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February 16, 2011

Fashion Week and the Creative Destruction of Happiness

OK, I get it: Fashion Week in New York is expected to be exotic and excessive, an uber-chic party for only the few and the very few.   Even so, I was a bit taken aback by this unexpected display of privilege.

I don’t think this kid is going to settle for paging through the American Girl catalog.  Runway seating is more valuable than a sky box at the Super Bowl, and yet this little princess is right there.  Admittedly, some are actually working for a living (yes, it must be said, some people have to, you know), but access will have been dear in any case.  Yet the photograph isn’t really about this anonymous child, but rather the social type she is performing.

While they are taking notes, she does them one better by recording the show.  You can bet that she might want to study the results, as she already is highly styled: note the lipstick, boots, hand on one hip, the other hip thrown forward, the long hair (are those highlights?), and the expert tilt of the head that makes a single line from elbow to apex.  She is a little model, and most of all in the face, which has that characteristic look of blank intensity.  (How they do it, I don’t know, but they all have it, and she’s too young to get it from the coke.)  Like other little girls, she is imitating the adults around her, but this kid is so far ahead of her peers it isn’t funny.  I have no doubt that she will become a very accomplished adult having well-honed social skills.

But will she be happy?  Surely, that is an unfair question to put to any child.  So, beware the unfair comparison that follows:

A wife kisses her husband at a celebration in Zhuji City, China, of couples who have been married for over fifty years. He certainly looks happy, and although the kiss could have been obligatory (and produced for the camera), we are to assume that they have achieved a good measure of happiness.  Everyone else in the picture seems to think that there is something to celebrate, and the couple’s mixture of intimacy and good humor is genuinely endearing, and especially so if you consider (as some of us can do more easily each year) that long association and physical aging are hardly guarantors of romance.  The message, particularly as the photo was part of a Valentine’s Day slide show, is fairly clear: love can continue to bloom like a rose, bright and beautiful, among those who have been able to live well together, even as they grown old together.

Youth is one end of the spectrum of a human life, and old age the other, and we can look to both ends of the lifespan to gain a better understanding of who we are.  One conclusion we should not draw is that fashion kills happiness.  Note, for example, the elderly woman’s beautiful jacket, and how her scarf and cap match while they pick up the blue embroidery in the jacket.  Even the old coot has a pretty impressive hat, while the trim lines, dark color, and good fit of his jacket do no harm.  All societies cultivate a sense of style as they decorate their bodies and virtually everything else in the human world.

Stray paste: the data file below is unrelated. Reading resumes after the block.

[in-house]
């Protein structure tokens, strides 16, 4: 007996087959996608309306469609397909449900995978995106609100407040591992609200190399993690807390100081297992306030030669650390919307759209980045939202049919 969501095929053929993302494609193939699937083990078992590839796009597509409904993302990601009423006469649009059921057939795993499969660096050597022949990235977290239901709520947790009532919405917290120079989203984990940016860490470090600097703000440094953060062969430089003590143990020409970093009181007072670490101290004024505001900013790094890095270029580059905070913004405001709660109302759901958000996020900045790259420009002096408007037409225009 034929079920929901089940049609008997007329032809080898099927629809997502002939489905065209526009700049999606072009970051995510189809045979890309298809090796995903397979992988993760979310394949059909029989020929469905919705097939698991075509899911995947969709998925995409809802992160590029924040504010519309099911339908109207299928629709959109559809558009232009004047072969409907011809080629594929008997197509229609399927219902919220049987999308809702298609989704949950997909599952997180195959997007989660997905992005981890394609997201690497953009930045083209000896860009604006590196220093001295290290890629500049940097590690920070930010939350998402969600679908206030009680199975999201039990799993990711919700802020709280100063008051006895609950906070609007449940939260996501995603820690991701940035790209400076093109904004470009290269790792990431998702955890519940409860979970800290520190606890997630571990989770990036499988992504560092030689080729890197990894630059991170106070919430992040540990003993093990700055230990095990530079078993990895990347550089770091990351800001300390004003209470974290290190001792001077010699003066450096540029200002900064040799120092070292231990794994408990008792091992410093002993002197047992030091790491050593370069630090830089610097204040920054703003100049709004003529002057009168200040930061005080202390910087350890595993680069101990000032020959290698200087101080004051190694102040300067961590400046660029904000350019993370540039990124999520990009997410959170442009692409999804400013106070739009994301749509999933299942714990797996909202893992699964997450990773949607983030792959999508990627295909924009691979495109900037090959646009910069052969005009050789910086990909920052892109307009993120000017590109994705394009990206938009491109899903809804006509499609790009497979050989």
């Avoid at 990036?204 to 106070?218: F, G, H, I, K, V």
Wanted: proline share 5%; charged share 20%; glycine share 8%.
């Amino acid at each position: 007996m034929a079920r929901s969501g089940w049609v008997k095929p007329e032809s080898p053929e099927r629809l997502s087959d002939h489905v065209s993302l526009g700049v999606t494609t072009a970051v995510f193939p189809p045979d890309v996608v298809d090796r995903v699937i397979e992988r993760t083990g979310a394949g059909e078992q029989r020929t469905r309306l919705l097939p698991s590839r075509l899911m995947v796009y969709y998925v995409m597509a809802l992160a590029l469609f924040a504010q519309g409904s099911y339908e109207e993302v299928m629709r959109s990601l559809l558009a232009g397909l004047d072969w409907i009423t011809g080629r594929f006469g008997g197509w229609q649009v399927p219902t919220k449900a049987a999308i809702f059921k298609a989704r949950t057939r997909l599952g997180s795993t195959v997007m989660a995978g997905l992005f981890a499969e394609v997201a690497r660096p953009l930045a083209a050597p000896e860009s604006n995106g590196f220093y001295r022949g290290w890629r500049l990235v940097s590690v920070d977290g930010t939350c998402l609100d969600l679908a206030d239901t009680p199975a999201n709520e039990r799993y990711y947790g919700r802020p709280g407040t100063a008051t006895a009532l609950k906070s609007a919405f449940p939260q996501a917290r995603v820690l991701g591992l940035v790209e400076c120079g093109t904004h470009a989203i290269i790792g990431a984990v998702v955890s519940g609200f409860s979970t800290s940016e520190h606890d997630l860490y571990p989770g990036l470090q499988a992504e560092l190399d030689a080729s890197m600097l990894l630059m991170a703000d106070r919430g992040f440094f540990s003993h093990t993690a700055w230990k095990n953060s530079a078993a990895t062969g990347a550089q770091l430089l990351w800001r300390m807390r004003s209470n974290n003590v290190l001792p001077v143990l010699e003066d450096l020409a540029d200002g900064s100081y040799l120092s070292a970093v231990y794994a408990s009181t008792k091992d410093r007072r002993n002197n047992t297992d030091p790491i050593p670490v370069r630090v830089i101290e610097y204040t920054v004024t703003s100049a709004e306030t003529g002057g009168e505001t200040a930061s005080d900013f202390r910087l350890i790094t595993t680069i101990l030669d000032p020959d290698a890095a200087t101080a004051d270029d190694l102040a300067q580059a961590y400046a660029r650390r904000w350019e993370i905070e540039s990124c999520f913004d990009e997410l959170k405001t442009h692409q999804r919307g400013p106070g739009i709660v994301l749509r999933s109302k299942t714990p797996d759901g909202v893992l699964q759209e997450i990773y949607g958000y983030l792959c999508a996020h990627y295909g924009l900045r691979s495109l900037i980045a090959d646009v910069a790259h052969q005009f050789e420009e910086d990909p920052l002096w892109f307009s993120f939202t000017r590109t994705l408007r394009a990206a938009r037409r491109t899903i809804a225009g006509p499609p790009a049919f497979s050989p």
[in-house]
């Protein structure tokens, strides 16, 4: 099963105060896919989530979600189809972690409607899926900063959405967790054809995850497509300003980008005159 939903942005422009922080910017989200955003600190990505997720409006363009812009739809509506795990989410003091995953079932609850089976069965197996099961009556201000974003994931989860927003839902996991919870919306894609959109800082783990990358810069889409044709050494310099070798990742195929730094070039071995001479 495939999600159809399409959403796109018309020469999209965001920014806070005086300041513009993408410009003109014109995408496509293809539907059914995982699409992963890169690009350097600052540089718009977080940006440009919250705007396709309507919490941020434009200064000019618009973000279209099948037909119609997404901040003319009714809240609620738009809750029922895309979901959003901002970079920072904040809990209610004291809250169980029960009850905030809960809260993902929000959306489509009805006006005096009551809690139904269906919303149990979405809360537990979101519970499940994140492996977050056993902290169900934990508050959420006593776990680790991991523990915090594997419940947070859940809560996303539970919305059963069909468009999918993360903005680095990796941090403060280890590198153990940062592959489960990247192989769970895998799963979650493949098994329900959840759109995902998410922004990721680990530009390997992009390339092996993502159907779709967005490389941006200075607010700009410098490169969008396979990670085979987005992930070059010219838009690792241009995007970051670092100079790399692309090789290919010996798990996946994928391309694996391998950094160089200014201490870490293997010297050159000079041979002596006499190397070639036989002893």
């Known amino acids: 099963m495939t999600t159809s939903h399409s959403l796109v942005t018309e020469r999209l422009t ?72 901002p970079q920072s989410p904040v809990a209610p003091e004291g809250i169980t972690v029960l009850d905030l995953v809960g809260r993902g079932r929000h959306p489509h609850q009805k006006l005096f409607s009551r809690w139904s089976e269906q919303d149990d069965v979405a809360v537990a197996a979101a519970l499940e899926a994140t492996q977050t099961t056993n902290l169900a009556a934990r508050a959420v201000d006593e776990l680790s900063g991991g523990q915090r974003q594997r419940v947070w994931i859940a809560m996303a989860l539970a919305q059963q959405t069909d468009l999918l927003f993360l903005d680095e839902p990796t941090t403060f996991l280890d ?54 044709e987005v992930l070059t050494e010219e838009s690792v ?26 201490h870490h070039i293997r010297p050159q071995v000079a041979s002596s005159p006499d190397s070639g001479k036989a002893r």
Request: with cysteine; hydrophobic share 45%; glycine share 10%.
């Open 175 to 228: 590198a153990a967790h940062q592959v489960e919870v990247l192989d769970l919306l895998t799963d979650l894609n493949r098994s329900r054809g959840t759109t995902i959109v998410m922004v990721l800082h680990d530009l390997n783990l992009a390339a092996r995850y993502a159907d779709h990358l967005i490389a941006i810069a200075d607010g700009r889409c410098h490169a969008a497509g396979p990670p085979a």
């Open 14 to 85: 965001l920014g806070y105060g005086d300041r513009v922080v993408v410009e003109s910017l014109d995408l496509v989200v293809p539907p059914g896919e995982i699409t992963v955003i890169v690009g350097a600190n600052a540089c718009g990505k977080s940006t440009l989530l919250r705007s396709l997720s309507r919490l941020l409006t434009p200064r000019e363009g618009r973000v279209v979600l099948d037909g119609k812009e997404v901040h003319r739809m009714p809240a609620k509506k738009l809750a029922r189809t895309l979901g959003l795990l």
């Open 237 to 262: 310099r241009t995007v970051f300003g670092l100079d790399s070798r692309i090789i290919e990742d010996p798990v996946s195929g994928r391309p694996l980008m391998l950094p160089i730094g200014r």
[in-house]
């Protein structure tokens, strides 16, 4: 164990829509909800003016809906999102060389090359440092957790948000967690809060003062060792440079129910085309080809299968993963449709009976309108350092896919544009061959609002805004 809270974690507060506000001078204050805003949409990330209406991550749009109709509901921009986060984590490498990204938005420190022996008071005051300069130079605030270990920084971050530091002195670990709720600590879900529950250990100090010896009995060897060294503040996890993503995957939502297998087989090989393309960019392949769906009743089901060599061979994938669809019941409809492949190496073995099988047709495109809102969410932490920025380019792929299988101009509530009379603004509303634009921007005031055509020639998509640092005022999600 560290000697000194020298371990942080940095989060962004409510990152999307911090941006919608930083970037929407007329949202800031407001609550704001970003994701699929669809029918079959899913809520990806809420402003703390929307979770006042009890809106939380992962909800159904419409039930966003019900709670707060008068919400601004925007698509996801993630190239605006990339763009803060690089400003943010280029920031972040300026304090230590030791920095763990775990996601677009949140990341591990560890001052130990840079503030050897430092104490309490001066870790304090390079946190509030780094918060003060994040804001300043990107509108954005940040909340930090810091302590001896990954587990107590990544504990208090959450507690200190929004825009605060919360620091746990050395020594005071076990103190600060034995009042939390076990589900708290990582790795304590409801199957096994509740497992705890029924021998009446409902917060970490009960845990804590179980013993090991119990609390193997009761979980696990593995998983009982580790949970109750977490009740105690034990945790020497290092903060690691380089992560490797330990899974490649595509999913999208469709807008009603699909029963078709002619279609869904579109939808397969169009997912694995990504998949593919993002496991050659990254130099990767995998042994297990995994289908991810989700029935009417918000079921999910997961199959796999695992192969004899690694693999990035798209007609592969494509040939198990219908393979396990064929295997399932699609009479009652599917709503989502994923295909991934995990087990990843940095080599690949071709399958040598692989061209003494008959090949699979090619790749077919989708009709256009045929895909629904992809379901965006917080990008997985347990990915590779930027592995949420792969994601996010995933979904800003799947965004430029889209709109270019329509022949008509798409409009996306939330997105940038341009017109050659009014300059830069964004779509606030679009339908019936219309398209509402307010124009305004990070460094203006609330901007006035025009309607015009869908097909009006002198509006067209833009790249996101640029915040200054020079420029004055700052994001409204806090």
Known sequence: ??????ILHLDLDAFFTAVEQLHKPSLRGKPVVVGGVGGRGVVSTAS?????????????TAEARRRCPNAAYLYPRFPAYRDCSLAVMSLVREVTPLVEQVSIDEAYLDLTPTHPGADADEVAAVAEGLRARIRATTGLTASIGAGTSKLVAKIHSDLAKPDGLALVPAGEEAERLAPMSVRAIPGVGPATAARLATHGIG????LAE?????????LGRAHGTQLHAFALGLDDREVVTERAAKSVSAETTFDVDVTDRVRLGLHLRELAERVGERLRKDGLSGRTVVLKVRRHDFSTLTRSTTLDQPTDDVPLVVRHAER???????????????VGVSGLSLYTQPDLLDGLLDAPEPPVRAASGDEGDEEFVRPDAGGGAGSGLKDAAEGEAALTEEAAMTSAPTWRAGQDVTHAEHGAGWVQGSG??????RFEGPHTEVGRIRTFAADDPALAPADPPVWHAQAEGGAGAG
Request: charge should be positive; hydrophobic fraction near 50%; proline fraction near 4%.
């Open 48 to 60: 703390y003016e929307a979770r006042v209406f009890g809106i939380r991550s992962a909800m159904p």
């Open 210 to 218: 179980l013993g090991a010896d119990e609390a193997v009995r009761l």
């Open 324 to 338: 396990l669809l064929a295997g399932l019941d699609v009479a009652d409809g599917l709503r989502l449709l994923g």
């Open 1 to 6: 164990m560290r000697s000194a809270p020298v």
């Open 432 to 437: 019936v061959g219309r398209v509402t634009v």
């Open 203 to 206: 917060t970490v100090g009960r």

So what does this have to do with Fashion Week?  Look again at the two photographs, and you tell me.  What is there in the first but missing in the second, and again in reverse?  Some comparisons only help to point out how the comparison remains unfair: for example, the adults in the first case are working, while those in the second are at leisure.  Well, life is unfair, and that doesn’t stop it from being able to teach us a thing or two.

What strikes me about the first photo is how enthralled everyone is within a competitive gaze.  The optics are highly refined yet brutally selective, and for all the individuation that is evident everyone is caught up in powerful process of social reproduction: witness, for example, the line of blondes, none of them natural.  Decoration may be universal, but Fashion Week is a very specific social form of modern capitalism, and one that drives everyone toward competitive display and continuous consumption on behalf of faux individuation within demanding norms of homogeneity.  The business attracts creative people, and I’m all for it if only for its sociological value, but it also depends on unrelenting destruction: first, of whatever is not stylish this year; second, of the self esteem of all those little girls who aren’t going to be able to stand out by fitting in; and third, perhaps, as one edge of those neoliberal economic and ideological processes that are shredding the social fabric in one society after another.

Which is why the second photograph evokes both hope and fear.  Hope that other couples will be able to live so long and well as Jin Juhua  and Zhong Weiqiao, and, as they do so, have around them a supportive community with its many relationships and rituals.  And also fear that their achievement may be harder to come by or less likely to be celebrated.  Is there anything like that communal ceremony waiting for the little girl in the first picture?  Would she even want to be part of such an ordinary event?  Or will she have to settle for looking at herself one more time in the mirror?

– Robert Hariman

Cross-posted from No Caption Needed.

(Photos: Timothy A. Clary/AFP-Getty Images and Guo Bin/EPA)

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